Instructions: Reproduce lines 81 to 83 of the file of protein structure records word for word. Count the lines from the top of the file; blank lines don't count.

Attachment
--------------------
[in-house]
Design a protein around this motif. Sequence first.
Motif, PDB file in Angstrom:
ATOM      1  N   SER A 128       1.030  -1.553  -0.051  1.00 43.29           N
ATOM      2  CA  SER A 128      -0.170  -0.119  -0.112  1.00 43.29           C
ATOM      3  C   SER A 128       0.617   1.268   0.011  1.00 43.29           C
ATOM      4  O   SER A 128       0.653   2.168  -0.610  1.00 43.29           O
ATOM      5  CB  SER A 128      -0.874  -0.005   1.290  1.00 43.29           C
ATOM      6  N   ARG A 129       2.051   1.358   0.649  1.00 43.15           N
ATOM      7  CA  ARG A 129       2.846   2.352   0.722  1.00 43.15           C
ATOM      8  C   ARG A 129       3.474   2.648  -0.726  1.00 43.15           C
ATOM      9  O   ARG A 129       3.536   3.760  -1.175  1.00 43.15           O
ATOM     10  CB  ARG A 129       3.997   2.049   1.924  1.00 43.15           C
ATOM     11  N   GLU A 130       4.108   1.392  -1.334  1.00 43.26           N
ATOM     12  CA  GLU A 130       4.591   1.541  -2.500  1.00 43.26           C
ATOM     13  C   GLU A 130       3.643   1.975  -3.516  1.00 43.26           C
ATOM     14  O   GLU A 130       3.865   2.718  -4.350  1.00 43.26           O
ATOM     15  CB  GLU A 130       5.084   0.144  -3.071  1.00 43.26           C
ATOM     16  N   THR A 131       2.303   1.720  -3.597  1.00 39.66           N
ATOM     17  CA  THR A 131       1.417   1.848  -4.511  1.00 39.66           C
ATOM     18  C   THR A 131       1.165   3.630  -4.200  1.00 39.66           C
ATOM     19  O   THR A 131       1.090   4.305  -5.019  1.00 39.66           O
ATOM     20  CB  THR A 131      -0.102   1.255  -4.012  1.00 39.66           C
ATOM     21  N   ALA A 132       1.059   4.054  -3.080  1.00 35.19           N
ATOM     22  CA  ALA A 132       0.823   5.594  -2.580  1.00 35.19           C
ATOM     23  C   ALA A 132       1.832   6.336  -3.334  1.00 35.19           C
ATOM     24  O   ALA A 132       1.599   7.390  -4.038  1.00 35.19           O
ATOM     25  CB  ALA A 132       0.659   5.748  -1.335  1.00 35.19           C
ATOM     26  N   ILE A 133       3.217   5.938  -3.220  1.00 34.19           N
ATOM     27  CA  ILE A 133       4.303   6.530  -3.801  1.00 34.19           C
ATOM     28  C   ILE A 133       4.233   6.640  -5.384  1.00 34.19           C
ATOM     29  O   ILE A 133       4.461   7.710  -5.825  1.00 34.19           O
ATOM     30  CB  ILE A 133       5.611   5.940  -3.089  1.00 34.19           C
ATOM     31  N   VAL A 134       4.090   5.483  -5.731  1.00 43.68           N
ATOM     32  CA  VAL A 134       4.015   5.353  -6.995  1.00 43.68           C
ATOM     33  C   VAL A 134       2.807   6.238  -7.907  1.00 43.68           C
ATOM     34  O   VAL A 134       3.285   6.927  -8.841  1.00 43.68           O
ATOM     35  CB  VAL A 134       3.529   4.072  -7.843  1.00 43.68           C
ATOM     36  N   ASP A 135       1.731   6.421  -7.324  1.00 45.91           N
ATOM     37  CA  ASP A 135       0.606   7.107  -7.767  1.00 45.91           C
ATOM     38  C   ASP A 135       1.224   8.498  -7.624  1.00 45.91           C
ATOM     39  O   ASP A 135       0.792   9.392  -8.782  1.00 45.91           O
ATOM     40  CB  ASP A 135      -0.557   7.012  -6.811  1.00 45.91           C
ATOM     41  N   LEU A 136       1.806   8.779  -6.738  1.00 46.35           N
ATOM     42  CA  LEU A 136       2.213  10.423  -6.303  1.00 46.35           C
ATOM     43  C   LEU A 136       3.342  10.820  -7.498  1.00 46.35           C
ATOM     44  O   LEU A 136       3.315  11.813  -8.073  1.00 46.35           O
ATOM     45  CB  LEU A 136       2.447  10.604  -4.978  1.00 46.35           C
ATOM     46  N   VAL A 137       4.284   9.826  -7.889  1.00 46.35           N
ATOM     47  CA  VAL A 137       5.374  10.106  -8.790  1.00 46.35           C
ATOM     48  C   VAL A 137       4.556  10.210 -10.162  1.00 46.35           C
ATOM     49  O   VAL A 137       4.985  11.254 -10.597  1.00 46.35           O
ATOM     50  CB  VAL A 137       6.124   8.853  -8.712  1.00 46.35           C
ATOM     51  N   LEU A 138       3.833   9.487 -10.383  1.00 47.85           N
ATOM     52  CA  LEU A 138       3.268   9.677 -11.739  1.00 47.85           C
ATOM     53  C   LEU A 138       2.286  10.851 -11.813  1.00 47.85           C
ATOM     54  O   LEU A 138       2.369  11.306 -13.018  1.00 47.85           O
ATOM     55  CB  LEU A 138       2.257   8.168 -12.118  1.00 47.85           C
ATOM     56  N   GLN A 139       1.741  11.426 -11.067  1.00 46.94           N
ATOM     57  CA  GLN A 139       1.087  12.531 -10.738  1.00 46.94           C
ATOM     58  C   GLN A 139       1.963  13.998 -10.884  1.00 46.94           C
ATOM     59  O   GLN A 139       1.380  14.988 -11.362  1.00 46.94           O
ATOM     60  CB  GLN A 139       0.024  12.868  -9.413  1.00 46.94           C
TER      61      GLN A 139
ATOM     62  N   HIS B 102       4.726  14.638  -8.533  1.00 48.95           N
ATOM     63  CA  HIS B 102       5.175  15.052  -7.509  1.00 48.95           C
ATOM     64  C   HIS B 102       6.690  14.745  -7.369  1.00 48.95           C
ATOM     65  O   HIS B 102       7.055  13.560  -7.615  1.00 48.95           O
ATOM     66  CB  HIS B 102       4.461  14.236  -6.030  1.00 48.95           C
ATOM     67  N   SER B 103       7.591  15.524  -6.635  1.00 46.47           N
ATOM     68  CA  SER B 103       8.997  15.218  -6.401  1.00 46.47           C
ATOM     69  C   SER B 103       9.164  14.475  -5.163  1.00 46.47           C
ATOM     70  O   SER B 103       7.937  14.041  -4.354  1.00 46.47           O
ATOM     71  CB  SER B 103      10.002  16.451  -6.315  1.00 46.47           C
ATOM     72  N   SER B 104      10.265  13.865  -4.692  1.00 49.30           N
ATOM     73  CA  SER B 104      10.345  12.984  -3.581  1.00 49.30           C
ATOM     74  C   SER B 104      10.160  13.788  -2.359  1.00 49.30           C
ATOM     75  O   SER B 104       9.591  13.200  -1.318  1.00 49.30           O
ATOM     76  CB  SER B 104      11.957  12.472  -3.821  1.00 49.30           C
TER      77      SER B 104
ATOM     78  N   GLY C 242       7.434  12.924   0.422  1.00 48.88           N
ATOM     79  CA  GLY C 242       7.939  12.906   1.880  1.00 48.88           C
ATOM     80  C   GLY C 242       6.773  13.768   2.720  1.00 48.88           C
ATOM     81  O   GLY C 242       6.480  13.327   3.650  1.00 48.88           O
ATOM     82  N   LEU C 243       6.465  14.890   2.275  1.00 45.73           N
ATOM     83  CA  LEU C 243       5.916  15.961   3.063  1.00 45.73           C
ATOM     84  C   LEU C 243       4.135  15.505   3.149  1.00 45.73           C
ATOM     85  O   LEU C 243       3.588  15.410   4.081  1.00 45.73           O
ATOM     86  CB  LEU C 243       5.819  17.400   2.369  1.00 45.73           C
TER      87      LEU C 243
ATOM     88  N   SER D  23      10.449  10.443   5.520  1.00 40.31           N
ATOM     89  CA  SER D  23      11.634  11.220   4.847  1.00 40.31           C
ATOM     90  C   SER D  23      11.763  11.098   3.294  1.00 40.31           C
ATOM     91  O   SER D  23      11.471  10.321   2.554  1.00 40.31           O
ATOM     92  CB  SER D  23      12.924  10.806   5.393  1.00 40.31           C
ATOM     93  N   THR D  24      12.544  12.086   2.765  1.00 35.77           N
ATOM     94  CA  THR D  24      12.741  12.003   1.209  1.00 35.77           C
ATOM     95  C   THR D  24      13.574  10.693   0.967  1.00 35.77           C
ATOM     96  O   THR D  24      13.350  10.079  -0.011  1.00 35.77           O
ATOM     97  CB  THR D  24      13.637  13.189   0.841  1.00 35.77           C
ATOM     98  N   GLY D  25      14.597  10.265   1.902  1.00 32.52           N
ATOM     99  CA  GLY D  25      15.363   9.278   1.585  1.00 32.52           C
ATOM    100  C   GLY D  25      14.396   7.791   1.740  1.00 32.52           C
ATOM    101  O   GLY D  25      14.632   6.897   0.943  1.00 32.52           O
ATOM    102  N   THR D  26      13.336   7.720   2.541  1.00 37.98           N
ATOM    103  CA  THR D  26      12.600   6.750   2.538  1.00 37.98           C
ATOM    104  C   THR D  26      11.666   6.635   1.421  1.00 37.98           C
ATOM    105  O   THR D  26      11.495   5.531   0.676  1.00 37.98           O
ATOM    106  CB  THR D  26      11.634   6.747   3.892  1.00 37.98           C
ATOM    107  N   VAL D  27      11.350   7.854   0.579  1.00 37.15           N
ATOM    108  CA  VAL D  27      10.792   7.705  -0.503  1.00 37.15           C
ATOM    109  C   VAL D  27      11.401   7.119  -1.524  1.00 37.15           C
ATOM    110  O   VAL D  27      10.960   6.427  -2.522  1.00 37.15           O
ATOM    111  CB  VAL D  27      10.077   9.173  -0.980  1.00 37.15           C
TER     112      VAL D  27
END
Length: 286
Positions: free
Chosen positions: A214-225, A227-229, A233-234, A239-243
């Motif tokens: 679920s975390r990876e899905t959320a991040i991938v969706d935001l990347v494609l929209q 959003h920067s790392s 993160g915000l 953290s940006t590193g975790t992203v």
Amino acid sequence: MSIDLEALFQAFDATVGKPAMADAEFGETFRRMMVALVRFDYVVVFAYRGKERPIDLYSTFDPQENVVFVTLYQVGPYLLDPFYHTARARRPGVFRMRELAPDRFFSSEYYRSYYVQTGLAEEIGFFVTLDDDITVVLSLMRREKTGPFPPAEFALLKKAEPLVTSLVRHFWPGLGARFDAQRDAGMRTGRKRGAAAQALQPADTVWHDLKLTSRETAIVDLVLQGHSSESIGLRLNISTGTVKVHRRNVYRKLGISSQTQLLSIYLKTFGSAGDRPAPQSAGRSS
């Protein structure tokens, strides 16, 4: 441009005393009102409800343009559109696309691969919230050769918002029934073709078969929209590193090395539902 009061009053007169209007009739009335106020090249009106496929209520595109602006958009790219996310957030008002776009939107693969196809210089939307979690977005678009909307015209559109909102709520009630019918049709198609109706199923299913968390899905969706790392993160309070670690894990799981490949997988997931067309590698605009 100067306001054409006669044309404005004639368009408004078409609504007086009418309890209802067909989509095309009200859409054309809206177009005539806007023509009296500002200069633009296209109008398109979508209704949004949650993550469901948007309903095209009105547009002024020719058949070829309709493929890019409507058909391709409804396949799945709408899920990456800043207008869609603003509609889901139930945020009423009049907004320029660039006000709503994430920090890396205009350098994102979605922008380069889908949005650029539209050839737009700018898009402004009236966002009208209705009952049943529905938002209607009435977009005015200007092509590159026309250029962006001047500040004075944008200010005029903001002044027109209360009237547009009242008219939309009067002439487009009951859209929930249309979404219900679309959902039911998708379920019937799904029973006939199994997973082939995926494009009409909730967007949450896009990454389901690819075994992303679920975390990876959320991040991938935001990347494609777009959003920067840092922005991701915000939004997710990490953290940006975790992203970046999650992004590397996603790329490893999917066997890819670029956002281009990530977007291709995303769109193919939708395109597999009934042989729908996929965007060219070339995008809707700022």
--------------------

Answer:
ATOM     78  N   GLY C 242       7.434  12.924   0.422  1.00 48.88           N
ATOM     79  CA  GLY C 242       7.939  12.906   1.880  1.00 48.88           C
ATOM     80  C   GLY C 242       6.773  13.768   2.720  1.00 48.88           C